Piper’s time in New York is something of a contemporary fairytale stripped of most of the urban grit of the real city, but features many real places giving the narration authenticity. As she hurtles her way through her first few months in the city gulping in all the new experiences, it is easy to root for someone who is so committed and open, and who ends up with a plan for her next adventure.

Reviewed from an ARC.

The 57 Bus: A True Story of Two Teenagers and the Crime That Changed Their Lives by Dashka Slater

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The 57 Bus: A True Story of Two Teenagers and the Crime That Changed Their Lives by Dashka Slater
Farrar Straus Giroux, 2017.

In 2013, agender white high school senior Sasha fell asleep on the bus on their way home from school in Oakland. Black teen Richard was also on the bus, and, egged on by friends, used his lighter to set fire to Sasha’s skirt. Dashka Slater’s enormously thoughtful and well-written book (staring life as an article in the NY Times Magazine) looks at the before and after for both victim and perpetrator.

Short chapters move between Sasha and Richard and move between narrative and background information. Starting with the two young men’s backgrounds, the author shows that though both teens have loving families and close supportive friends in common, their differences are stark: Sasha’s family is comfortably off, he attends an independent school and has Asperger’s; Richard comes from a poor family and has lost many loved ones to murder.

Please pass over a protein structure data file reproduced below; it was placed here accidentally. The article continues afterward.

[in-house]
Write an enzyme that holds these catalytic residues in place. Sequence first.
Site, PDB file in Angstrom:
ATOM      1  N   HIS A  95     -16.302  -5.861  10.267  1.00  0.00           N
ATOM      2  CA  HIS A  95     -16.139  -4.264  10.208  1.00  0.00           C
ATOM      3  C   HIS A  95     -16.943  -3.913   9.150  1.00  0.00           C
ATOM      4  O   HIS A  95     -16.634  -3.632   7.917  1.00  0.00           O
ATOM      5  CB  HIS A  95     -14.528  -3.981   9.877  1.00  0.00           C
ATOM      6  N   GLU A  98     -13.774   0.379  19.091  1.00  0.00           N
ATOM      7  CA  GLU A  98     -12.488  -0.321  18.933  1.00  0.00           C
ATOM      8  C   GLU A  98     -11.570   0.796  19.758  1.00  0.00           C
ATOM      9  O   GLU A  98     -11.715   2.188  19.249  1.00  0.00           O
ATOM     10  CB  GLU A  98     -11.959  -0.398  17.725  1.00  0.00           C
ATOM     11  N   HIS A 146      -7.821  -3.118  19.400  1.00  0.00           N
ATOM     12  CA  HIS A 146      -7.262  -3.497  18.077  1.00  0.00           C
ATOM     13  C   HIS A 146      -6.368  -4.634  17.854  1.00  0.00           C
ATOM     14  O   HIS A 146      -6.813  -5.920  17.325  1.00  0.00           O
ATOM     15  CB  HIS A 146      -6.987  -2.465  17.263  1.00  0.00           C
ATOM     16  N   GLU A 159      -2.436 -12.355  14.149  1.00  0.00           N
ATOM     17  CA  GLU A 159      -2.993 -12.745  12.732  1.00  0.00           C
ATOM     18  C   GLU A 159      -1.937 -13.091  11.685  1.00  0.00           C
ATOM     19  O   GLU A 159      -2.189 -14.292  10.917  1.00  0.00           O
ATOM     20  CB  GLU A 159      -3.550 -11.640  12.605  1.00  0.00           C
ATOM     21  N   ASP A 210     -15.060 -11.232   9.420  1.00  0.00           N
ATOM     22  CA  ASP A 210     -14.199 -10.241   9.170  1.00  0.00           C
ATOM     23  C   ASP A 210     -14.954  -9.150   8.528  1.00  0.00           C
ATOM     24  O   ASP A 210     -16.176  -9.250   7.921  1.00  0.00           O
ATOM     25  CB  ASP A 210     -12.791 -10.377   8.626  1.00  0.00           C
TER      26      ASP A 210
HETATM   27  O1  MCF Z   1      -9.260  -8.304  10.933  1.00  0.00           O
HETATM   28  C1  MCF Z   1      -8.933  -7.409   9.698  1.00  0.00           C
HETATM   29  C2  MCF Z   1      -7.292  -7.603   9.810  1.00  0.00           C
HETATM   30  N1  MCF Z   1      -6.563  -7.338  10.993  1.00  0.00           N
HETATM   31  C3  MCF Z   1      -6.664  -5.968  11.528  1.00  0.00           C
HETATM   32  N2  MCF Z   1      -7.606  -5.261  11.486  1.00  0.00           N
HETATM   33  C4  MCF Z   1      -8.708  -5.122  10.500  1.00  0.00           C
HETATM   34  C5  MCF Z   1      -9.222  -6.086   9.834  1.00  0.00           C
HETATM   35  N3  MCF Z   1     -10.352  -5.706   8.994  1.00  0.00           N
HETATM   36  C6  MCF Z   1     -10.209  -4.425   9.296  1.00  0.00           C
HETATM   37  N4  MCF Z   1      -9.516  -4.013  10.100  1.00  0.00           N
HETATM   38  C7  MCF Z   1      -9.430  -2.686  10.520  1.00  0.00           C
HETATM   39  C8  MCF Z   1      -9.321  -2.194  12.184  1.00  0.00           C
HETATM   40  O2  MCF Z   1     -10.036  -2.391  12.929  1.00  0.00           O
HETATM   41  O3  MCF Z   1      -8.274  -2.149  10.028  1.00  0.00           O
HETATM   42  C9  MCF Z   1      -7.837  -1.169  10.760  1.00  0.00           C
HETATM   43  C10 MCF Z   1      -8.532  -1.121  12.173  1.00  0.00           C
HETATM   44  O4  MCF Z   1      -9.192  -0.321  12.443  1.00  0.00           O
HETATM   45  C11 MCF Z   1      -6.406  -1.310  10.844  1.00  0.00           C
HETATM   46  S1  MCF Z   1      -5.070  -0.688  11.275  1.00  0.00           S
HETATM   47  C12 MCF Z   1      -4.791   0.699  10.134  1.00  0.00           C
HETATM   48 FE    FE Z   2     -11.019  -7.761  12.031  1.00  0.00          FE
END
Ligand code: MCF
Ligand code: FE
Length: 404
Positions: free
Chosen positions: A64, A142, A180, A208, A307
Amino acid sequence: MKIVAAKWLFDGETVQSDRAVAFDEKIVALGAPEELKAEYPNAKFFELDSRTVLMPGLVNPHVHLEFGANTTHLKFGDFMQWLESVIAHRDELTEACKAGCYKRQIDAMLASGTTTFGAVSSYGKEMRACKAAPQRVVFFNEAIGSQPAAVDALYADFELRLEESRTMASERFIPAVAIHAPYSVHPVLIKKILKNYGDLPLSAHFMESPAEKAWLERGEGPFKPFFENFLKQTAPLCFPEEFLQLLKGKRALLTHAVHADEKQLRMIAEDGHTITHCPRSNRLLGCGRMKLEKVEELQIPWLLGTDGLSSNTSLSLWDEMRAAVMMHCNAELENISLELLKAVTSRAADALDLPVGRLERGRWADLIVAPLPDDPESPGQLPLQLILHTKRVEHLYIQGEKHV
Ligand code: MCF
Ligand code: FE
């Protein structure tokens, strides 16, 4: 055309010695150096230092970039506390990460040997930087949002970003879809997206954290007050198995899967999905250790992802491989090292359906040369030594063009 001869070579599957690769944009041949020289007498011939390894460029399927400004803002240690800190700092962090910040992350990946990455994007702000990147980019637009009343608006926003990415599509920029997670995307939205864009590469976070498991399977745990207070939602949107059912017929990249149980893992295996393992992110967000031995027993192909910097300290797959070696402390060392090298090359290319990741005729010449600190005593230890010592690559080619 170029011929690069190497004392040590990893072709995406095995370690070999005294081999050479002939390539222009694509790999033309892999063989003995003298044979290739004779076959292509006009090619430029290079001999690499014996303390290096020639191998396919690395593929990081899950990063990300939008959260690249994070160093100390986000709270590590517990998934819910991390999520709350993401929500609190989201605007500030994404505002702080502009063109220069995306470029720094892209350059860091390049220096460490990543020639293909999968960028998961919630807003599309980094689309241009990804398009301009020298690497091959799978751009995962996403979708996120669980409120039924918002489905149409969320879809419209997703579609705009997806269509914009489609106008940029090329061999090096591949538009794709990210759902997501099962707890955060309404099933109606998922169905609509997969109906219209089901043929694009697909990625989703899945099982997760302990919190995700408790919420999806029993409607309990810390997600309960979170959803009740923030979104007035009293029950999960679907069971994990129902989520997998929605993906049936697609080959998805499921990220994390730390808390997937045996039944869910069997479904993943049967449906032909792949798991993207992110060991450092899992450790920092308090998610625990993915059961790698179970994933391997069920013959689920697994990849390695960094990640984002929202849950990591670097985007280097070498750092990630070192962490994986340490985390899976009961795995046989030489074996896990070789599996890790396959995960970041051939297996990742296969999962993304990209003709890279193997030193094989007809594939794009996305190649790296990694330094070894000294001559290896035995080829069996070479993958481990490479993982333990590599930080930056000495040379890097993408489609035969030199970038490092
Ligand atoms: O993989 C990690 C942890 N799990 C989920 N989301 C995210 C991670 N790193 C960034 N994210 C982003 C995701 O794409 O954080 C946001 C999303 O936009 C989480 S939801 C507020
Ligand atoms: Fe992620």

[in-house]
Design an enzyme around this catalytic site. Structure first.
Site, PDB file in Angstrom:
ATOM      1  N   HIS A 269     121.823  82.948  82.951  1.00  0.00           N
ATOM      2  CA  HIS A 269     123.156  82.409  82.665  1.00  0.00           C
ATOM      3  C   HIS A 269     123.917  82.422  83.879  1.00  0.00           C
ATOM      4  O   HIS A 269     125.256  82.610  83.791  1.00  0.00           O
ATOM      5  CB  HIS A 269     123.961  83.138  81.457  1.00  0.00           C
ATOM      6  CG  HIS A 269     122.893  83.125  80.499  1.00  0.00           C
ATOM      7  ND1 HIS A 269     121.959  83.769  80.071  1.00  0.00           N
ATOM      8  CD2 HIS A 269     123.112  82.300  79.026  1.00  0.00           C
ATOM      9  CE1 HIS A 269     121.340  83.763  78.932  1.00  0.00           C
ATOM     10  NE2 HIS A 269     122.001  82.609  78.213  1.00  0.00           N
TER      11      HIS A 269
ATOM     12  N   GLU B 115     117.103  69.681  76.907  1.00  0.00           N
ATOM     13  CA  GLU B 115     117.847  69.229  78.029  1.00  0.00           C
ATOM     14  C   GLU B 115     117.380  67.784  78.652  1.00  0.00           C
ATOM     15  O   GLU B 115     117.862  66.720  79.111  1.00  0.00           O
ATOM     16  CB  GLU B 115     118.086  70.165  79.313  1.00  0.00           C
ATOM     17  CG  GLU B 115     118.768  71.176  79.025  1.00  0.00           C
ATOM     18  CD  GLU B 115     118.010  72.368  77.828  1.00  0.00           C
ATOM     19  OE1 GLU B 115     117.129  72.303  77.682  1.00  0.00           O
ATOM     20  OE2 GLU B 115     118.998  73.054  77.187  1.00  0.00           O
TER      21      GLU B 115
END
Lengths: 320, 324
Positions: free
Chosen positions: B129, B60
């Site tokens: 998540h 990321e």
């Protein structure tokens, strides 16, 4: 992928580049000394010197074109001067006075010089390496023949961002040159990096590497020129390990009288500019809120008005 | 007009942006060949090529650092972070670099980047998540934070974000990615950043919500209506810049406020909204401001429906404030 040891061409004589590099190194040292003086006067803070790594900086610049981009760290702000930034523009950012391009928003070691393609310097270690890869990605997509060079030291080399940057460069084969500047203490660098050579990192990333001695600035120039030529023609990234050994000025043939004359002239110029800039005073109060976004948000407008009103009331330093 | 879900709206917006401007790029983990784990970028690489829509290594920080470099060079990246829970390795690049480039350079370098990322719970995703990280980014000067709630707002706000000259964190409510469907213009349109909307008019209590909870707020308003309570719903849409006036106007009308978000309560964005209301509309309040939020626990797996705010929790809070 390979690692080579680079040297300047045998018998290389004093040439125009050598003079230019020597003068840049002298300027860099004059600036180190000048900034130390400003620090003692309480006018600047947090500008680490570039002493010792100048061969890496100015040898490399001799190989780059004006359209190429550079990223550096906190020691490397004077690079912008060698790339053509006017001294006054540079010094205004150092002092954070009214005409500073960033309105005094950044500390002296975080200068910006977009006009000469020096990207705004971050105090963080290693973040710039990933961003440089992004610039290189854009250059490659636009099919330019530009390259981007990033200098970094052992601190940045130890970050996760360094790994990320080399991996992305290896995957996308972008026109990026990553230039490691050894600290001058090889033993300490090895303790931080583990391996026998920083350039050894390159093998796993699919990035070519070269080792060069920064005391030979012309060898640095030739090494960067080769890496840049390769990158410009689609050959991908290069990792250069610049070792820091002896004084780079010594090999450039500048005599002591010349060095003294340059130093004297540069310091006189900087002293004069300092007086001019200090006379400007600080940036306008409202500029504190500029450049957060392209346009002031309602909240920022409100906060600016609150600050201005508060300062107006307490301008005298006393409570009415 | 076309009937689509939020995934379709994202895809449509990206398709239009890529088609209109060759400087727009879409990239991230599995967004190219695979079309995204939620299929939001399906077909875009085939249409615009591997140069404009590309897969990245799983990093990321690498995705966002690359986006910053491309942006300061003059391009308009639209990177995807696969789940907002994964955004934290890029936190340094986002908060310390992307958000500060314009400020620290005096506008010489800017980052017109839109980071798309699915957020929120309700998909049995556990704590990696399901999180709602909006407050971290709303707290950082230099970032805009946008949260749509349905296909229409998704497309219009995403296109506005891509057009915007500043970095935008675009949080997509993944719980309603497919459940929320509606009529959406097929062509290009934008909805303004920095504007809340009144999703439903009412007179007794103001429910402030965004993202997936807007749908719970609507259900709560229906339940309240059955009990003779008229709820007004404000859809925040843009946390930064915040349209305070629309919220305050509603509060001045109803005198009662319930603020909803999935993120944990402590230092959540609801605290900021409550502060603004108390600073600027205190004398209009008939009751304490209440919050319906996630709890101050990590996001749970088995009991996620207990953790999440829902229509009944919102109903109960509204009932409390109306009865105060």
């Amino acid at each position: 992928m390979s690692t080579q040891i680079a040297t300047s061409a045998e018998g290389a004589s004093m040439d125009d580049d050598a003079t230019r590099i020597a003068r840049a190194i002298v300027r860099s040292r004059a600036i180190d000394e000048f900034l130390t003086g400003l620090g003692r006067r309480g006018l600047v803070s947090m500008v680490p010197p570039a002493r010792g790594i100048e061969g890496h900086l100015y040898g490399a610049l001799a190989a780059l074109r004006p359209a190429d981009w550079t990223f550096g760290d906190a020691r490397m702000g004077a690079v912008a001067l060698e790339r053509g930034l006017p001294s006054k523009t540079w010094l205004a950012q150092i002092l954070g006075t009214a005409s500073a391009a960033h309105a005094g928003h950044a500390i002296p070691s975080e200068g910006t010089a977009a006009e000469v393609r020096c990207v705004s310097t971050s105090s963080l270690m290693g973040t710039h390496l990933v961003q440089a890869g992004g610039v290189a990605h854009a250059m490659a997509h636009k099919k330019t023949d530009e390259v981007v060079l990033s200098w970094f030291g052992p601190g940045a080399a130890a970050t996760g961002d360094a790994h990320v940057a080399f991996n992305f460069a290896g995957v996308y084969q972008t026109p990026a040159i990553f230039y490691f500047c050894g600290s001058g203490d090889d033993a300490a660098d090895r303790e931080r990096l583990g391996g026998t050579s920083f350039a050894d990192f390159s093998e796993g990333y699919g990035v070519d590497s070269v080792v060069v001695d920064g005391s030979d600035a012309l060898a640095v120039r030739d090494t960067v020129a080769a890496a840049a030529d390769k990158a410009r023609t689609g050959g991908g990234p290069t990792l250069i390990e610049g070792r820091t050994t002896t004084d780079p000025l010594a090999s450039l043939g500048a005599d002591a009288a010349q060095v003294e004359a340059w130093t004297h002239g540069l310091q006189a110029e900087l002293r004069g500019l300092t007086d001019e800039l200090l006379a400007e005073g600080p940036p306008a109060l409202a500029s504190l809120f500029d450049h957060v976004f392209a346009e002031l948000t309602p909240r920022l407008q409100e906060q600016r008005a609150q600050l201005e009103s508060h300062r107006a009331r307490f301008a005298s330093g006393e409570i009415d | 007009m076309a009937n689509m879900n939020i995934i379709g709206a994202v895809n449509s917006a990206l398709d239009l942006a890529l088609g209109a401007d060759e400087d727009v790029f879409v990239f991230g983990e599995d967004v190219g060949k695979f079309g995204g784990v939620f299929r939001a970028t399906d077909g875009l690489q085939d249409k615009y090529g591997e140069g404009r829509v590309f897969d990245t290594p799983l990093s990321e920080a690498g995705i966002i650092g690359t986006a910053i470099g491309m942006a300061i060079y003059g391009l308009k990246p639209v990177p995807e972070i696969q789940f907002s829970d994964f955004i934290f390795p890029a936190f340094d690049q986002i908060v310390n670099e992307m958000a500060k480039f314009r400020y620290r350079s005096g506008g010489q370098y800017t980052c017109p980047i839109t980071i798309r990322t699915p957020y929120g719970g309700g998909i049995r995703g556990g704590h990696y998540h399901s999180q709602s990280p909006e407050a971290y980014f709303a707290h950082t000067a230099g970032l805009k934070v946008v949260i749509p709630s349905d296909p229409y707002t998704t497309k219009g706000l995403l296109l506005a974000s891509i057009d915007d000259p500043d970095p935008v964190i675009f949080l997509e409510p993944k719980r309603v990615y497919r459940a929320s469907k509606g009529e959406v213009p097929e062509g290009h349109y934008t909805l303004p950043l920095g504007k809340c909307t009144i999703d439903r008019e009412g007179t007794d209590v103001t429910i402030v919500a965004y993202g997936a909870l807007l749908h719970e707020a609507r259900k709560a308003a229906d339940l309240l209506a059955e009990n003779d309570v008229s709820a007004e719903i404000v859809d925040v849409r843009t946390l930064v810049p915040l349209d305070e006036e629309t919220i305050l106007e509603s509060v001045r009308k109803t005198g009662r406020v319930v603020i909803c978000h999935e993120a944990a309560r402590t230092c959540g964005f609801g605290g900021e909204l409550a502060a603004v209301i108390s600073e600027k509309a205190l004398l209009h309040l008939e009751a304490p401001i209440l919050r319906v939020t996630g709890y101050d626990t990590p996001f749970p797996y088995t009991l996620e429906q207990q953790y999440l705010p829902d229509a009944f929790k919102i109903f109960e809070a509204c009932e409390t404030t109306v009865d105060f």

It is never clear why Richard committed this terrible act – he tells the police it’s because he’s homophobic, but it’s not clear if he actually is or if he even understands what it means. Many people in the book put it down to him being a 16 year-old boy and all the lack of foresight that goes with that. It certainly appears that he had no thought of the implications or seriousness of his act.